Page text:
Armenian Small Letter [o]           armo
      Armenian Capital Letter [fe]        Armfe
      Armenian Small Letter [fe]          armfe
      ----------------------------------------------------



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      End of Table 1.

   The naming of characters are hereinafter referred to in abbreviated
   forms contained in the second column.


2.2. Classification and Sorting

   unclassified-symbols ::= {armeternity, armew, armsection}

   punctuation-signs ::= {armfullstop, armparenright, armparenleft,
      armquotright, armquotleft, armemdash, armdot, armsep, armcomma,
      armendash}

   pseudo-letters ::= {armyentamna, armellipsis, armapostrophe}

   diacritic-signs ::= {armexclam, armaccent, armquestion}

   letters ::= {capital-letters, small-letters}

   capital-letters ::= {Armayb, Armben, Armgim, Armda, Armyech, Armza,
      Arme, Armat, Armto, Armzhe, Armini, Armlyun, Armkhe, Armtsa,
      Armken, Armho, Armdza, Armghat, Armtche, Armmen, Armhi, Armnu,
      Armsha, Armvo, Armcha, Armpe, Armje, Armra, Armse, Armvev,
      Armtyun, Armre, Armtso, Armvyun, Armpyur, Armke, Armo, Armfe}

   small-letters ::= {armayb, armben, armgim, armda, armyech, armza,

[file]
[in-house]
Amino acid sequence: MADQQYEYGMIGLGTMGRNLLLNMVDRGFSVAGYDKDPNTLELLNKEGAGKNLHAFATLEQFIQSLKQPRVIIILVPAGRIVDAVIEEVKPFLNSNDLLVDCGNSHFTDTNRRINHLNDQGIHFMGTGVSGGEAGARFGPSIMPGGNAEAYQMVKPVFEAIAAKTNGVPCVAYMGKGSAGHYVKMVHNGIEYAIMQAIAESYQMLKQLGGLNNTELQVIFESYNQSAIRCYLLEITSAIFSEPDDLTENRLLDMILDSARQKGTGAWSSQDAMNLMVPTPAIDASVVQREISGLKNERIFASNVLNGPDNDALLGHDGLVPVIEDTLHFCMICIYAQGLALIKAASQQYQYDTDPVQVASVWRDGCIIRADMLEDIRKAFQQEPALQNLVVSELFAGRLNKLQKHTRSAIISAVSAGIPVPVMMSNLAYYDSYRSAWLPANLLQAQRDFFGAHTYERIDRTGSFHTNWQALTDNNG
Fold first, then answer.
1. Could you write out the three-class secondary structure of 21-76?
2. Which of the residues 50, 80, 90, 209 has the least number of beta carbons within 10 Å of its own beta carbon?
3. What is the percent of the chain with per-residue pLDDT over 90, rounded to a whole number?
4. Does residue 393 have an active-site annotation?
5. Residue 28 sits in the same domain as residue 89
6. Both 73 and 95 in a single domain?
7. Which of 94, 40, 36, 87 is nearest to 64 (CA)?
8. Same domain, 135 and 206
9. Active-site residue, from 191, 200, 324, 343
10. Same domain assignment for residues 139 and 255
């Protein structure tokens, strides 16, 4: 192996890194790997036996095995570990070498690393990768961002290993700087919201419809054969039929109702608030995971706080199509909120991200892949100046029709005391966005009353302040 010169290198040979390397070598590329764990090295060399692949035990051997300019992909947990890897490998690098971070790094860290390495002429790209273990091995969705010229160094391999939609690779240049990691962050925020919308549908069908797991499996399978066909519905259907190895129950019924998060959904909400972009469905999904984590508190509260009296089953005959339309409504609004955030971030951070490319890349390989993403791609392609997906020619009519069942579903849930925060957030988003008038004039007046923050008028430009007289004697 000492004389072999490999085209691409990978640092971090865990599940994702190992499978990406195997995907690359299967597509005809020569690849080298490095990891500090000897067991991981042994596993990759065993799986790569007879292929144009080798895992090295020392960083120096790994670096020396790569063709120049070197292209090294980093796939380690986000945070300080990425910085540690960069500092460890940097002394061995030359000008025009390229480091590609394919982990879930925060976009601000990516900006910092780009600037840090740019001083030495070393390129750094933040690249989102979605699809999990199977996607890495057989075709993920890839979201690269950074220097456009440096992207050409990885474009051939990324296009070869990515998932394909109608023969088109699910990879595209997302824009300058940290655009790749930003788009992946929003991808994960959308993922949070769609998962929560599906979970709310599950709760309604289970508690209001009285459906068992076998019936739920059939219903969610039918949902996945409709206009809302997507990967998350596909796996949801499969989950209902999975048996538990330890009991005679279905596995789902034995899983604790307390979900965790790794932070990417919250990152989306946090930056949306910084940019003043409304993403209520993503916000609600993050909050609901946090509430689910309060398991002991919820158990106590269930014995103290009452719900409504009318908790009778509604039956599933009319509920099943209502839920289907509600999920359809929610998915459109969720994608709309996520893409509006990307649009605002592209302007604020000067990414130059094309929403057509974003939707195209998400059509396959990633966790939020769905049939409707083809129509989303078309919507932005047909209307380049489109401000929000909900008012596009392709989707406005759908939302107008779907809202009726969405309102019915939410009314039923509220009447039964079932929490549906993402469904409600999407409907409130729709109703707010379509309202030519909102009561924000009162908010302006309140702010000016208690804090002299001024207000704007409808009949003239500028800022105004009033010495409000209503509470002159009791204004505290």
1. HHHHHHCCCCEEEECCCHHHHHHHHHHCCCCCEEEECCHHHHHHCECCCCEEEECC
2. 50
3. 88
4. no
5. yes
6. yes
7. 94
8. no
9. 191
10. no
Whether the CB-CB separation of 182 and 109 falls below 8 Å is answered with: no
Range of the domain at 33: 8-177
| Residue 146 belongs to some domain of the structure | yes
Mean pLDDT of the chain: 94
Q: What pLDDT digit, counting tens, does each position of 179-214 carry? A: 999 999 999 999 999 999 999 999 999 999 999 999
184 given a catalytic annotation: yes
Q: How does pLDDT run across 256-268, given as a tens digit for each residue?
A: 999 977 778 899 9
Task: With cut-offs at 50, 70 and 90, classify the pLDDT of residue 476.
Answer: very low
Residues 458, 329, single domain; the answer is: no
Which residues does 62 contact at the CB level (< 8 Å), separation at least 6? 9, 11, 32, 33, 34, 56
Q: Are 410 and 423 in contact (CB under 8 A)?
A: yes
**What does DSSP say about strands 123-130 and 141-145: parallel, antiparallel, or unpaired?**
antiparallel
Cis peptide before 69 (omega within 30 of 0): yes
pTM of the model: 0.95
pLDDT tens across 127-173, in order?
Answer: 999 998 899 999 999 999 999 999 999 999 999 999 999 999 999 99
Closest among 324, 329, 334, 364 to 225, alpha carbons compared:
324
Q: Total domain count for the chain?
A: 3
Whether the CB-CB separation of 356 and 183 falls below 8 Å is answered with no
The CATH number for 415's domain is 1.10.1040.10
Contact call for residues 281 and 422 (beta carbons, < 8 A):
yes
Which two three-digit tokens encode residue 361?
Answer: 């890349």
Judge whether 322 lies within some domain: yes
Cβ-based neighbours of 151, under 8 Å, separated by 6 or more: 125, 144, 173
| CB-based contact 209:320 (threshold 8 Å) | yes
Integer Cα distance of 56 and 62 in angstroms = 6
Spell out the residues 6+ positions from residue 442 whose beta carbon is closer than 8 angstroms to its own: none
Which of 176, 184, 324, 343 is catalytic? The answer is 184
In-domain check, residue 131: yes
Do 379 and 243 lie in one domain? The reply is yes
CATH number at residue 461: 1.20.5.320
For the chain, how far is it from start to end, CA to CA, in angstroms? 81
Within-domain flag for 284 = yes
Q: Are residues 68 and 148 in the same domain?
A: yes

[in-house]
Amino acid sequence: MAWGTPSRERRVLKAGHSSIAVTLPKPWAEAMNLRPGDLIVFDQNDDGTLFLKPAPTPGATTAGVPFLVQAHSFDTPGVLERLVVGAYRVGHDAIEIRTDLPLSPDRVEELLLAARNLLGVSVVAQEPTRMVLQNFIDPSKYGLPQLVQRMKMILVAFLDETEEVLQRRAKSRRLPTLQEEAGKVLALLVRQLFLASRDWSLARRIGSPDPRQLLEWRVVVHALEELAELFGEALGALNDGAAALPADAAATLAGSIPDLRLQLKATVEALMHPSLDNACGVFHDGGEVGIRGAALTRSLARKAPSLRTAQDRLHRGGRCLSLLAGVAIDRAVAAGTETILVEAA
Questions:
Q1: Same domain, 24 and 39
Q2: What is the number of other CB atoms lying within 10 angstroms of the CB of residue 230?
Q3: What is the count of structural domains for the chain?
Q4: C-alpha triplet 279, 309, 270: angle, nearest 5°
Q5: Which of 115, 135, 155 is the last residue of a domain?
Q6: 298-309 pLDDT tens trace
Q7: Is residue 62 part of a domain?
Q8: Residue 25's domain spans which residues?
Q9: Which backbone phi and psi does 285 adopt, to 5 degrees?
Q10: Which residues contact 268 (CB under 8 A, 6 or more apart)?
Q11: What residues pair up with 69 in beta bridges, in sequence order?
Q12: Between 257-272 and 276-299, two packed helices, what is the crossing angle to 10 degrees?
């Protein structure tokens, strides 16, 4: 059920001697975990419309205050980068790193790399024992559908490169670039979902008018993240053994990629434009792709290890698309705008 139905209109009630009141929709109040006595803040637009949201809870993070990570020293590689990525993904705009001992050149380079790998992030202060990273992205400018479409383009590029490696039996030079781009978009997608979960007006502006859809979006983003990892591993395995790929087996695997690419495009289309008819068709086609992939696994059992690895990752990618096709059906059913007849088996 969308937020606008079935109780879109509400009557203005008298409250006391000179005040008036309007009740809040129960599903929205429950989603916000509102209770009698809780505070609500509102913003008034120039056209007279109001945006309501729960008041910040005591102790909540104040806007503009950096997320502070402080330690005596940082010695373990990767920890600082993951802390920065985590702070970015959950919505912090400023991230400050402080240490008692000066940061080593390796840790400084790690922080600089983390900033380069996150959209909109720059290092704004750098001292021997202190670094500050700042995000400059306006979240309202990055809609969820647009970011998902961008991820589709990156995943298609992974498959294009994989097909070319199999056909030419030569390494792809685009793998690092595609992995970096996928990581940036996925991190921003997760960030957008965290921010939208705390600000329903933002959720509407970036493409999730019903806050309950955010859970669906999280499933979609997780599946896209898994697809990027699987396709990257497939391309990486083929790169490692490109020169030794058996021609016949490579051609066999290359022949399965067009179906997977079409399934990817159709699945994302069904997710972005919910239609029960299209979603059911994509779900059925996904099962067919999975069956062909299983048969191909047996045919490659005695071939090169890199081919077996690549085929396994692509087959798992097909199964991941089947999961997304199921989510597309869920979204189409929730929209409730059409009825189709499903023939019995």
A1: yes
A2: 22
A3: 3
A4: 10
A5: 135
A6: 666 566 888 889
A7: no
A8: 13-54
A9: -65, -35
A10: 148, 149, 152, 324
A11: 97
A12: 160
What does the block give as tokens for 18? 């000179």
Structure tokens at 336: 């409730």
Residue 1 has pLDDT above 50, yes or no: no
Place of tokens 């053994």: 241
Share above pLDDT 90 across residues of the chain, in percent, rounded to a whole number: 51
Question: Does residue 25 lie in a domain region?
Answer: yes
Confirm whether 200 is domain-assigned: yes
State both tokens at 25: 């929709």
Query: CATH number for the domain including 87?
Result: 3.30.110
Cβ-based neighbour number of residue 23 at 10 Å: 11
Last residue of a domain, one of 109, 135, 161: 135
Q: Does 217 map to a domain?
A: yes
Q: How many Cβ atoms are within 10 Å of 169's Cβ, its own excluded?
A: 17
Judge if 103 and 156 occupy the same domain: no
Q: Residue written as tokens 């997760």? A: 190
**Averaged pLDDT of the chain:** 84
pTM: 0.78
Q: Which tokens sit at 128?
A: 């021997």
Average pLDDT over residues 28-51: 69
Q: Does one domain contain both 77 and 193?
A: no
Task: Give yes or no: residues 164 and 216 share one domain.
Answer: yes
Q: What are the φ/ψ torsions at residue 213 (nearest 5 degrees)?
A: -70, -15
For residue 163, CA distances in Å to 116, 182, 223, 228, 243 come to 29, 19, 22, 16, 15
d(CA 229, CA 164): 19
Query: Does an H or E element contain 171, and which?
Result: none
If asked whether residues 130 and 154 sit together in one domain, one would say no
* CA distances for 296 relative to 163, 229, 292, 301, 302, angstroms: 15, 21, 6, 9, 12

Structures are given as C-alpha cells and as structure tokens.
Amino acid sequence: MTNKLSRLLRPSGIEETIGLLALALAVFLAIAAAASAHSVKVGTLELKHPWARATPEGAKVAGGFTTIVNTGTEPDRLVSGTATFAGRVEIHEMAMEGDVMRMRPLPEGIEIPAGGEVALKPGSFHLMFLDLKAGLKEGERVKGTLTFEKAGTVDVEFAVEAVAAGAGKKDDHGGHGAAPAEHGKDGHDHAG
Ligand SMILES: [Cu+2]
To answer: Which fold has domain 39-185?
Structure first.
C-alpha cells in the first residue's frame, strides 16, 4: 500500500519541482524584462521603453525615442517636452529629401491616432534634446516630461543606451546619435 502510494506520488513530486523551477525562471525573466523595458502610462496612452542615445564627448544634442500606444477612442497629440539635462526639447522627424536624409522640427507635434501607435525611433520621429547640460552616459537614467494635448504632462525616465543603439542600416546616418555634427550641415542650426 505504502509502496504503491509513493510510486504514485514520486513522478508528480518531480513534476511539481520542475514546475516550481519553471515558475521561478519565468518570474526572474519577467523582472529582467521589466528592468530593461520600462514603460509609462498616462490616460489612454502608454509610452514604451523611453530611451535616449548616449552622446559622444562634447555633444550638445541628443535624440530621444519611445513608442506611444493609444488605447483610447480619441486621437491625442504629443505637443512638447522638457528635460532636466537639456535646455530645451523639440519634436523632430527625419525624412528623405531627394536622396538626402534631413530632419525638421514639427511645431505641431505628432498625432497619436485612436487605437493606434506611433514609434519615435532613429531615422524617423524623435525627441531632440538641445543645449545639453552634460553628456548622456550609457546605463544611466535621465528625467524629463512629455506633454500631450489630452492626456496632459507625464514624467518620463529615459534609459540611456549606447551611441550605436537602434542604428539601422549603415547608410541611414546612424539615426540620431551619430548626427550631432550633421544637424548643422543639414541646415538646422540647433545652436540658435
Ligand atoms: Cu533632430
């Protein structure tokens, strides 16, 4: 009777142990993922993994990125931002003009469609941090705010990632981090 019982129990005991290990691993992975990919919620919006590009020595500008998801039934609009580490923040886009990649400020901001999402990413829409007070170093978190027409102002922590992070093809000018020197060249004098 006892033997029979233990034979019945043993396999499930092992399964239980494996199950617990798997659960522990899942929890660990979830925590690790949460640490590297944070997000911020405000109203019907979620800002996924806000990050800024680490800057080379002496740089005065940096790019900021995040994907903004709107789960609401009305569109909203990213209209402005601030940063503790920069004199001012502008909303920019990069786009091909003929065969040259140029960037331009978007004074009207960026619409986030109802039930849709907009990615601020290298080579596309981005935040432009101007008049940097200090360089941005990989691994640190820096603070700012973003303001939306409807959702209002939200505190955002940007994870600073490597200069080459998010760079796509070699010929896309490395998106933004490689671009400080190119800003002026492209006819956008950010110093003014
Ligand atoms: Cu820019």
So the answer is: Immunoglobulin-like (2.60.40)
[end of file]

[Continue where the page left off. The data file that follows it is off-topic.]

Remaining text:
arme, armat, armto, armzhe, armini, armlyun, armkhe, armtsa,
      armken, armho, armdza, armghat, armtche, armmen, armhi, armnu,
      armsha, armvo, armcha, armpe, armje, armra, armse, armvev,
      armtyun, armre, armtso, armvyun, armpyur, armke, armo, armfe}

   The sorting order is important for letter characters only and is made
   in the order presented in the Table 1.

   The case shift applies for letter characters only. The shift from the
   upper case to the lower case replaces the capital letter character
   with the subsequent character as per the Table 1.  Accordingly, the
   shift from lower case to the upper case replaces the small letter
   character with the preceding character as per the Table 1.

   The text search and dictionary applications should take into account
   the following factors: (1) in the Armenian language, a word is a
   sequence of letter characters, diacritic-signs, and pseudo-letters;
   (2) in comparison of words in the text or dictionary, the diacritic-
   signs and pseudo-letters may be ignored.

   In reference to the diacritic-signs, the following factors are



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   important:  (1) the diacritic-sign refers to the preceding letter
   (only vowel in Armenian), (2) a letter can be followed by more than
   one diacritic sign.


2.3. Ligatures